In fact, Iron Dome’s regular aid of $ 108 million this year, which is part of the annual aid mandated by the MoU, is included in the Defense Appropriations Bill that was debated almost simultaneously with Tuesday’s resolution.
The MoU states that Israel cannot seek additional funding from the United States for missile defense beyond the $ 500 million allocation “except in exceptional circumstances.”
The bill approved by the House on Thursday said that “funds will be provided to meet emerging needs in support of Operation Guardian of the Walls,” referring to Israel’s offensive on Gaza which has ended. months ago.
Pro-Israel lawmakers have been pushing for additional funding for Israel since the fighting between the IDF and Palestinian groups in Gaza ended in May. The war has killed at least 253 Palestinians, including 66 children, in Gaza and 12 people in Israel.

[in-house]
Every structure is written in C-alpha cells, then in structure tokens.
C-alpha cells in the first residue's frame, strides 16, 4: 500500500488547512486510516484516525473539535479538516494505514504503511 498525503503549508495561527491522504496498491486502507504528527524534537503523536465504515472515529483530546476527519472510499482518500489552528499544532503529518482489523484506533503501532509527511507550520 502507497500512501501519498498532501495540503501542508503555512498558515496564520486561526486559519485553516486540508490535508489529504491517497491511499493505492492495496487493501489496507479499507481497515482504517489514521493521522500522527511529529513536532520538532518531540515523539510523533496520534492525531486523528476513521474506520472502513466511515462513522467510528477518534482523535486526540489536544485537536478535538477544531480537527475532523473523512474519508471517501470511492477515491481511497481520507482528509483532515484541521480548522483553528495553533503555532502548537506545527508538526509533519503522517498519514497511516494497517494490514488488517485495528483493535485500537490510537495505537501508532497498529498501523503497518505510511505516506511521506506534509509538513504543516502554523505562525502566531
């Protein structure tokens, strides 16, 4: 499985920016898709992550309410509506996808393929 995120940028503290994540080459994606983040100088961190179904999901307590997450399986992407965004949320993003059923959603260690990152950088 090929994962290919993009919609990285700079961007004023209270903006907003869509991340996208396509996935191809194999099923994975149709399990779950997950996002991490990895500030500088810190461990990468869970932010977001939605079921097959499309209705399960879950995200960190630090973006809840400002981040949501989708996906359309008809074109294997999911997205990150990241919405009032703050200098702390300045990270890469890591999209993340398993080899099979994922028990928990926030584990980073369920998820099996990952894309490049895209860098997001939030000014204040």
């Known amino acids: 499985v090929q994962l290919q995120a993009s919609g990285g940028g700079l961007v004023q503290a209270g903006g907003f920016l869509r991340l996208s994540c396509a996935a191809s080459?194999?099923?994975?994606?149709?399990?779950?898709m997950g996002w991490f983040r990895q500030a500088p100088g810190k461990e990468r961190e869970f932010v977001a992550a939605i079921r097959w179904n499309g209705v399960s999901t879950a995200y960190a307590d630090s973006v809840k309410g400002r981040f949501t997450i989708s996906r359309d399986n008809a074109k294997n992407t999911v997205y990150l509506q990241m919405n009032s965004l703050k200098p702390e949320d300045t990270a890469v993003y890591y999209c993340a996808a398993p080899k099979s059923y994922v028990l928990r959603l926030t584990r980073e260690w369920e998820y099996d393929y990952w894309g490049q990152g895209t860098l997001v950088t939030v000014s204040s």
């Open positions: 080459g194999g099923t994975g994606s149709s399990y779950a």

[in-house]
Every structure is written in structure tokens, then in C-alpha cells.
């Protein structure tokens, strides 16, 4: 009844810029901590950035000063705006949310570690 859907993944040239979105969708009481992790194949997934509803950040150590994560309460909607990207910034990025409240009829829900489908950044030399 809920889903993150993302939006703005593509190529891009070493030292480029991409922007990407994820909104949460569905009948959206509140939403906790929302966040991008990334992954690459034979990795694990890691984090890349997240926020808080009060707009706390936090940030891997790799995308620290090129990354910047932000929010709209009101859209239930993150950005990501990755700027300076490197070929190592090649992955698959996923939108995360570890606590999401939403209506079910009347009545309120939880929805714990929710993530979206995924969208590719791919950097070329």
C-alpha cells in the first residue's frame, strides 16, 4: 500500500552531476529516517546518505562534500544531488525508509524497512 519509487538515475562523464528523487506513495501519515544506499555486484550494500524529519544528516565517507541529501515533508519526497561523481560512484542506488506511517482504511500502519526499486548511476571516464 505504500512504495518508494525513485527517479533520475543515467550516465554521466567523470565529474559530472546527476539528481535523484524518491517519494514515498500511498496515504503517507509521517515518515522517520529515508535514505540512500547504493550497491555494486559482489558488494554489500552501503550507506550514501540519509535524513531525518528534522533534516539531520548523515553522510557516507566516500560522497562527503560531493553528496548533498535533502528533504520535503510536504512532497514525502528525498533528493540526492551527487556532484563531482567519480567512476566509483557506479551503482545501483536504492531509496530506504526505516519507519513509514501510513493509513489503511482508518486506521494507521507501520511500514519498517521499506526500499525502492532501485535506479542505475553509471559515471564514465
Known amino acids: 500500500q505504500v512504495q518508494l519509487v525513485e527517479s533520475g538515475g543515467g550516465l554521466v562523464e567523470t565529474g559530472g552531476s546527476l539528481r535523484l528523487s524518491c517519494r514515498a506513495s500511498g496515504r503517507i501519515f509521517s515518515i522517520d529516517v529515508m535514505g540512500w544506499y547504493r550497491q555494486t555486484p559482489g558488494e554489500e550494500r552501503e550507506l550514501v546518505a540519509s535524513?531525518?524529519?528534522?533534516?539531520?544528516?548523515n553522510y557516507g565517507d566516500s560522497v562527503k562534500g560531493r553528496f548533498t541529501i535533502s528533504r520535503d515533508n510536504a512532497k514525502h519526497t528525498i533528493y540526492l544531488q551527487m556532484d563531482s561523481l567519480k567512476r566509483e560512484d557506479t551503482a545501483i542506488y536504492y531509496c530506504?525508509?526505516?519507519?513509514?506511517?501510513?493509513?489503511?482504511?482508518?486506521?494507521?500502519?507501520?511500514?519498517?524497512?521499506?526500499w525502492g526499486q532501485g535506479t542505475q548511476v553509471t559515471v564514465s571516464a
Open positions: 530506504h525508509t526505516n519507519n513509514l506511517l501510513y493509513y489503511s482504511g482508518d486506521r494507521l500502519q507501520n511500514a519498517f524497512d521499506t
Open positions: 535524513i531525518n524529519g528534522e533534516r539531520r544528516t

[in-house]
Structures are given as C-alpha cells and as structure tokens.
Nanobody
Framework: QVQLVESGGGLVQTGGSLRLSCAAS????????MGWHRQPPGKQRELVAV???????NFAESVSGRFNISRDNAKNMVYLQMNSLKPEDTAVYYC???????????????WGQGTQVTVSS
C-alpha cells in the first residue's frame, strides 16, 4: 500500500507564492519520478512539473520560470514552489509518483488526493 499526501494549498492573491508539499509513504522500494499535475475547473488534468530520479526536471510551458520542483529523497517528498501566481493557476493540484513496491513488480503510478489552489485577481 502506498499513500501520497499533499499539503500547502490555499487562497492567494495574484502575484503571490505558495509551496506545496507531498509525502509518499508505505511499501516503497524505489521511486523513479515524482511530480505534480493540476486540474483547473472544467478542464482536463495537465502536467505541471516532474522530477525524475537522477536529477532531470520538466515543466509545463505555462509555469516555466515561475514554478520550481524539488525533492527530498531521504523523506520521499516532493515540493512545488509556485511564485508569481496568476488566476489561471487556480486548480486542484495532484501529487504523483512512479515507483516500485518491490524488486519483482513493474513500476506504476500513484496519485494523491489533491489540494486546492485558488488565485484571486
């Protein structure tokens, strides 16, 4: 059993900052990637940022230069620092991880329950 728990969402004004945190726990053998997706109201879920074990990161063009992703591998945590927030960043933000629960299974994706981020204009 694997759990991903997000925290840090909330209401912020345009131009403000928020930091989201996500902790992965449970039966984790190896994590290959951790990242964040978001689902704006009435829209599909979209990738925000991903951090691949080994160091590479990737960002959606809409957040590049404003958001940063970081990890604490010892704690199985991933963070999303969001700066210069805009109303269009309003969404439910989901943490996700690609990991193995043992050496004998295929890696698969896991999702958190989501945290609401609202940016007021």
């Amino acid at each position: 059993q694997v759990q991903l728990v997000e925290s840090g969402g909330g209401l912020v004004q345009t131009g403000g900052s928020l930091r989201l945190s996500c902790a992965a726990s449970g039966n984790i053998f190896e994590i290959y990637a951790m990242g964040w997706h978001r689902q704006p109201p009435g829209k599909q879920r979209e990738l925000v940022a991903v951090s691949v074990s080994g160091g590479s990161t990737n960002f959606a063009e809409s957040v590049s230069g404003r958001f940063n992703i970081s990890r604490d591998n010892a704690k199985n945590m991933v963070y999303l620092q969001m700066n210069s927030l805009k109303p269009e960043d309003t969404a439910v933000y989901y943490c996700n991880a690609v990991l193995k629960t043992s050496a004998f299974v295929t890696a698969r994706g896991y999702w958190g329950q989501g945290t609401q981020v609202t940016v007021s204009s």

“There will be a demand for $ 1 billion at the Pentagon this week from the [Israeli] Minister of Defense to replenish the Iron Dome and a few other things, to improve the system, ”Senator Graham told reporters in Jerusalem during a visit shortly after the ceasefire.
He told Fox News on the same trip: “Anytime someone tries to destroy Israel, our response is going to be more help. Graham’s office did not respond to Al Jazeera’s request for comment on Thursday at the time of publication.
The Biden administration had signaled its support for Israel’s request for additional funding for Iron Dome.
The impending increase in US military aid to Israel comes as Palestinian solidarity activists and some progressive members of the Democratic Party call for restricting or conditioning aid to pressure Israel to respect the human rights of Palestinians.